10:17 AM  
Blogger Maxine said...

I liked this book more than you did, Norman, but I sympathise with and understand the flaws that you put forward. I agree that the teenage girl racism subplot was heavy handed, and also that the ending was very obviously signposted far too early on. But, I still liked it.
It is interesting what you write about cultural communities. Living and working in London for so long I am very used to being in the minority of a veritable patchwork quilt of languages etc. But I am quite surprised on the occasions I visit my daughter, at university in a southern coastal town, at the uniformity of colour and race - both in the university itself and in the town/environs. I was quite struck by it. I suppose everyone's experiences of community living are different.

10:52 AM  
Blogger Uriah Robinson said...

Margot- Thanks.
Many years ago an Asian friend asked me to fill in for him as a locum [sometime in the 1970s]. He told me about the technician who was at this hospital where I was going to work and said that the technician did not like him because, and pointed to his skin.
After I had worked the day I came back, and told my friend "You are right he doesn't like you, but it is because you are a qualified doctor as well as a qualified dentist with a string of qualifications after your name, and he doesn't like me either."

We still have race relations problems in both our countries, but things have got a lot better than they were; and whatever those who blame the USA and Britain for all the world's troubles will say, other countries are far worse.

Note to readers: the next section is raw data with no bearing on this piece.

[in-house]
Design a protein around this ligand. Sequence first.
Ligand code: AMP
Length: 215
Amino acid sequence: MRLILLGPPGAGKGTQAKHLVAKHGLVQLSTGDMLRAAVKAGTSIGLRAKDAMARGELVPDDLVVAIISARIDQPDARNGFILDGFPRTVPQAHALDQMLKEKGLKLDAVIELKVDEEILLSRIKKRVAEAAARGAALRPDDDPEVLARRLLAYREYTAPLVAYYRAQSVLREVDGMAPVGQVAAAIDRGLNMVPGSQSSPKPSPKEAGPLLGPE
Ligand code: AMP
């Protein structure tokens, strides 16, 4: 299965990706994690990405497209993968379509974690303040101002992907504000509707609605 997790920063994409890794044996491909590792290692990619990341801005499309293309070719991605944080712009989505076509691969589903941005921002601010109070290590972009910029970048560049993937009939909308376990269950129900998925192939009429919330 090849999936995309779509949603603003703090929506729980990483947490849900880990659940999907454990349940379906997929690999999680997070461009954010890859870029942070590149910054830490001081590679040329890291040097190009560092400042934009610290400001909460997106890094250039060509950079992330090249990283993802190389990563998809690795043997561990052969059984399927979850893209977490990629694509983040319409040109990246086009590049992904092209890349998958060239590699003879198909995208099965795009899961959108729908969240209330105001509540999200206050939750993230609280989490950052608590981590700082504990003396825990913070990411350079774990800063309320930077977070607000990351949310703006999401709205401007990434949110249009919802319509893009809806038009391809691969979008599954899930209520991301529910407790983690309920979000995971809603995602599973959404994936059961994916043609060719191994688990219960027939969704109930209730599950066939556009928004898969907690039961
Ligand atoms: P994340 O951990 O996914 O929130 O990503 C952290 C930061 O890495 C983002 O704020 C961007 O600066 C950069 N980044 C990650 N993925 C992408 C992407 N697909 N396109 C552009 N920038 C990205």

11:04 AM  
Blogger Uriah Robinson said...

Maxine- I think you are right. My own experience up to the late 1980s in Camberwell, Chelsea, Bristol [sharing with a Jamaican friend], Luton and Kingston meant that I was stunned at Devon's pale uniformity when we first moved here.
This racial uniformity has changed considerably in the intervening years. But visiting King's College Hospital a few years ago, and comparing my recent brief stay in the Royal Devon and Exeter the ethnicity of the staff is very different.
The good news is a Caribbean food stall has arrived in Exeter and I can enjoy the best ackee and saltfish with rice and beans since I was in Bristol. ;o)

I agree though was really enjoying the Monster in the Box, until the heavy handedness and the telegraphed plot spoilt it for me. Also one has only to see the war memorials round here, and to think about the Blitz, and miner's strikes to understand family solidarity is not the sole prerogative of recent immigrants.

11:25 AM  
Blogger Kerrie said...

I found the time frame of this book rather strange Norman, late 90s??, because I've thought earlier novels were set more recently than that. Someone did suggest it is a novel that has been sitting on the shelf for a while, but if so, I think, only partly finished, and maybe just on the shelf of Wexford's mind. If this is Reg's swansong, then I'm disappointed. I did, however, enjoy it more than you. My review is here

3:22 PM  
Blogger Uriah Robinson said...

Thanks Kerrie, I am pleased I am not the only one who was a little confused by the timeline.

2:50 AM  
Anonymous chelsea said...

Thanks for discussing the book in such an in-depth way so others who haven't read it can get a feel for it.

I don't like books which exhibit some of the traits you've explained. I can't overlook bigoted opinions, like the description of the shopkeeper (unless the author and protagonist are trying to counter that); I just can't enjoy the book.

There's so much to read that I'll just move on to other books.

2:54 AM  
Blogger Uriah Robinson said...

Thanks Chelsea.
I am still confused at what Rendell was getting at in this book. Hannah and Jenny were called 'benevolent racists" by Tamima's aunt, and there were several examples such as a comment by Hannah that "Yasmina keeps it spotless" that clearly were meant to show that behind the liberal facade Hannah, Jenny and Wexford were really like Victorian missionaries in their attitudes to immigrants.
Perhaps I am too sensitive...but there were other anomalies. It spoilt for me what otherwise was a very good story.

4:00 AM